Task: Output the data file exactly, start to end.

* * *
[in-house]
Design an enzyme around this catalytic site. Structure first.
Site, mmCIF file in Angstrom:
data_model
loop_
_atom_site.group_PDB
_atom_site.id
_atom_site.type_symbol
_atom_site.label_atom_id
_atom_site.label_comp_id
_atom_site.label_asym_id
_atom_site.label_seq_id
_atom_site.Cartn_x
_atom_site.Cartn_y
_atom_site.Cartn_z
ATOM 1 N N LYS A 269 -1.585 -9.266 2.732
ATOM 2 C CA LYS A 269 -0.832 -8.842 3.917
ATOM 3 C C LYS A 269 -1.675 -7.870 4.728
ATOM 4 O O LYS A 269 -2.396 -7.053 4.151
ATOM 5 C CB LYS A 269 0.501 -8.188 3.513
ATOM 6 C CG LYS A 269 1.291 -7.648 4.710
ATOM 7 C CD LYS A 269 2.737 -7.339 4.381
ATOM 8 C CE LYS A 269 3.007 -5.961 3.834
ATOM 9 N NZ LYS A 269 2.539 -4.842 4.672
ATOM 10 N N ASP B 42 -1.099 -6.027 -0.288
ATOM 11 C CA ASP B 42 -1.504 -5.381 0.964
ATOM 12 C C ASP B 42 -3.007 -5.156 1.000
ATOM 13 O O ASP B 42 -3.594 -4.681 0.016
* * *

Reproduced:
[in-house]
Design an enzyme around this catalytic site. Structure first.
Site, mmCIF file in Angstrom:
data_model
loop_
_atom_site.group_PDB
_atom_site.id
_atom_site.type_symbol
_atom_site.label_atom_id
_atom_site.label_comp_id
_atom_site.label_asym_id
_atom_site.label_seq_id
_atom_site.Cartn_x
_atom_site.Cartn_y
_atom_site.Cartn_z
ATOM 1 N N LYS A 269 -1.585 -9.266 2.732
ATOM 2 C CA LYS A 269 -0.832 -8.842 3.917
ATOM 3 C C LYS A 269 -1.675 -7.870 4.728
ATOM 4 O O LYS A 269 -2.396 -7.053 4.151
ATOM 5 C CB LYS A 269 0.501 -8.188 3.513
ATOM 6 C CG LYS A 269 1.291 -7.648 4.710
ATOM 7 C CD LYS A 269 2.737 -7.339 4.381
ATOM 8 C CE LYS A 269 3.007 -5.961 3.834
ATOM 9 N NZ LYS A 269 2.539 -4.842 4.672
ATOM 10 N N ASP B 42 -1.099 -6.027 -0.288
ATOM 11 C CA ASP B 42 -1.504 -5.381 0.964
ATOM 12 C C ASP B 42 -3.007 -5.156 1.000
ATOM 13 O O ASP B 42 -3.594 -4.681 0.016